Wednesday, June 29th, 2005

Draconian Forfeiture Penalty Upheld in Money Laundering Case

United States v. Bermudez, Docket No. 02-1699 (L) (2d Cir. June 29, 2005) (Walker, Pooler, Wesley) (per curiam): Let this be a warning to all the kids out there: You launder money, you lose something even more precious than your freedom — your Miami condo and even your Swiss bank account. In this short opinion, the Court affirms a district court’s order (1) requiring the defendant — convicted of laundering drug proceeds in Colombia — to forfeit $14.2 million to the Government (the amount of money he was accused of laundering on behalf of his drug dealin’ clients), and (2) substituting his Miami residence and funds in a Swiss bank account in lieu of this amount because the defendant did not actually have this money (after all, he was only laundering it for his clients, not keeping it). The Court acknowledged that such forfeiture was “extremely punitive and burdensome,” given that defendant likely only received a small fraction of the $14.2 million amount as his fee, but ruled that the relevant statutes clearly contemplated this result.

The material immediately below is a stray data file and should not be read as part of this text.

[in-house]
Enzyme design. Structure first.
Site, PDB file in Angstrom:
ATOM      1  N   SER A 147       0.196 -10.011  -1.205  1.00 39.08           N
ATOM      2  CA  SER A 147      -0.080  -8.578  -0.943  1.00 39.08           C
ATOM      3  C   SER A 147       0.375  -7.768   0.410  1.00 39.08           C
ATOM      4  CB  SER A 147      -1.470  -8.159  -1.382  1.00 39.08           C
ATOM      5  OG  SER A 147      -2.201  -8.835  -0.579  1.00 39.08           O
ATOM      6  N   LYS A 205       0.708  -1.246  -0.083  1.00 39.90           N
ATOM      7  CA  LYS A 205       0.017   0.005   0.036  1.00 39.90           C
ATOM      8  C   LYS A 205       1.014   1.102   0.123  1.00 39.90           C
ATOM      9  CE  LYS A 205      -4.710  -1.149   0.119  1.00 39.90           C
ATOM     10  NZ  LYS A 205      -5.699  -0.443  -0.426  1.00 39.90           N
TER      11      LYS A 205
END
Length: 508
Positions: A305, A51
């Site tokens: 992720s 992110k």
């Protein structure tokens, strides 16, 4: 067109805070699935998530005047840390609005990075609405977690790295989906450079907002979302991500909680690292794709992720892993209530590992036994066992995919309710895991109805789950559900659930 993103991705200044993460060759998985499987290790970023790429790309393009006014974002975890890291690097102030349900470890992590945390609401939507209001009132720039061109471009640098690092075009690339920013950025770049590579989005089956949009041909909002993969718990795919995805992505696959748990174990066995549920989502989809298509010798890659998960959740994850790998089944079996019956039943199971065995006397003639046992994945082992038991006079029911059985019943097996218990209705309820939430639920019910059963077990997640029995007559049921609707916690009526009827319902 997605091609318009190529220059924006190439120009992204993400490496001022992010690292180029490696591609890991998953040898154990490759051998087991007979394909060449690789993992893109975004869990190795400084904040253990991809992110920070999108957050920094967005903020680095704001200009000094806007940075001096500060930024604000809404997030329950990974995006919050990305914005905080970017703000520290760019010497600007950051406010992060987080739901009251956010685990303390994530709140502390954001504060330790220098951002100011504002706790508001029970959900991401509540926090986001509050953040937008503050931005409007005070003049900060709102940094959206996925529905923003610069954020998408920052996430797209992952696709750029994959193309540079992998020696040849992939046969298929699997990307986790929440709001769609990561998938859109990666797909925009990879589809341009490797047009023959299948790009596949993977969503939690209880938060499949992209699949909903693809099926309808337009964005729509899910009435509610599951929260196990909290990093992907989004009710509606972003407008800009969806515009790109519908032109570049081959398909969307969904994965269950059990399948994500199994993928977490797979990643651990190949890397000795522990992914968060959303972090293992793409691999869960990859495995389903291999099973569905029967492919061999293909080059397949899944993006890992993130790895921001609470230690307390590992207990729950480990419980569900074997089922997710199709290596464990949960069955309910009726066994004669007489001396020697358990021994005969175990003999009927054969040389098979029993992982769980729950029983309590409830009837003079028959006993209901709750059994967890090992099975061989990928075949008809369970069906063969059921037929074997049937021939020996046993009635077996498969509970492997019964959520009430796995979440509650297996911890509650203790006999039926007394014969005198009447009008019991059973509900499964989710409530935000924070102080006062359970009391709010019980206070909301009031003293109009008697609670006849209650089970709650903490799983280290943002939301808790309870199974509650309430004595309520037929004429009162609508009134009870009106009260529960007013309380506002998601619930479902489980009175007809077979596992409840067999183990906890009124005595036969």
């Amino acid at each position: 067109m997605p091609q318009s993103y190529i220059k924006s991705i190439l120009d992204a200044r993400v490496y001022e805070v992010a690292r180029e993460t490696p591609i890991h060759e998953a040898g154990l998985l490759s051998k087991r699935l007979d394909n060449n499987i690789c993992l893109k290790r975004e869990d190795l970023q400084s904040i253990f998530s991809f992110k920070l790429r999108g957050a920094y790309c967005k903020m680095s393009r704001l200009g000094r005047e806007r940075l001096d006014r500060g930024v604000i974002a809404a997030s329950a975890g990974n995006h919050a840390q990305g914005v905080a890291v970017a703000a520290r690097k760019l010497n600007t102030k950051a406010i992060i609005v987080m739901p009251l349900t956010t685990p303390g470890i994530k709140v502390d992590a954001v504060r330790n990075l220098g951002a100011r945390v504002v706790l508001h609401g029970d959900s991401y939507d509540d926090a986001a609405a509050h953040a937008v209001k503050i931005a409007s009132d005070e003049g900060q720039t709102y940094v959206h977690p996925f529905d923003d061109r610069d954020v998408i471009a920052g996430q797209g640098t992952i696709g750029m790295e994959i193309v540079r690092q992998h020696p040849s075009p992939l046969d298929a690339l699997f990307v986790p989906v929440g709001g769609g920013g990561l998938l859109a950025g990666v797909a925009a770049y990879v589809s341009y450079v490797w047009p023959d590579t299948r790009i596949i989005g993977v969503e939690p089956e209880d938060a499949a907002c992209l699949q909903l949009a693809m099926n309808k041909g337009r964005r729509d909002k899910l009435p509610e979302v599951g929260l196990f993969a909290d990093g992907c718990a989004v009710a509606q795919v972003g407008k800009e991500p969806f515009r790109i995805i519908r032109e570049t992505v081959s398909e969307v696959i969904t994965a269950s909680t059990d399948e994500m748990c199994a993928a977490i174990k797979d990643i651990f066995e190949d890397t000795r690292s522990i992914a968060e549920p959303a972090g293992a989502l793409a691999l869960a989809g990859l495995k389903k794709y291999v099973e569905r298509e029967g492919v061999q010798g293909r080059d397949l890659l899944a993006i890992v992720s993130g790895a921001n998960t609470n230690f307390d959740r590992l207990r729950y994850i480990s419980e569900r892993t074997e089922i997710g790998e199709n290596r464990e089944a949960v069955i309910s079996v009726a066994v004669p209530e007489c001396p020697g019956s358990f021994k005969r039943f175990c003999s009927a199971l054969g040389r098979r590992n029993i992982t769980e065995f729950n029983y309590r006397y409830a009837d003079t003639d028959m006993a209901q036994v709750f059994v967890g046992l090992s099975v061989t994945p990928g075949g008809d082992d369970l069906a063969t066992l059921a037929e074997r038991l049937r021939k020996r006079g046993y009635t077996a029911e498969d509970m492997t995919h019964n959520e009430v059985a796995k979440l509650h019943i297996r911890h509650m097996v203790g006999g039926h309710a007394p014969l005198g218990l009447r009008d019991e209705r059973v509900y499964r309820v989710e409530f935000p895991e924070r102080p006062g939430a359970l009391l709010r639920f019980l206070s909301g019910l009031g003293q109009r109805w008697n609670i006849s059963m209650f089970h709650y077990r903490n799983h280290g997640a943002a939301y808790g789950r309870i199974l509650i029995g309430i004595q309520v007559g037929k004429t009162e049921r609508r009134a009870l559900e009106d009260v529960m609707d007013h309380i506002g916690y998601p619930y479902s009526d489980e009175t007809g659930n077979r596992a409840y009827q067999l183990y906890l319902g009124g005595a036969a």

Those interested in the details of the statutory analysis will have to consult the opinion themselves; my clients luckily face only the prospect of lengthy imprisonment and not the “extremely punitive and burdensome” punishment of forfeiture.

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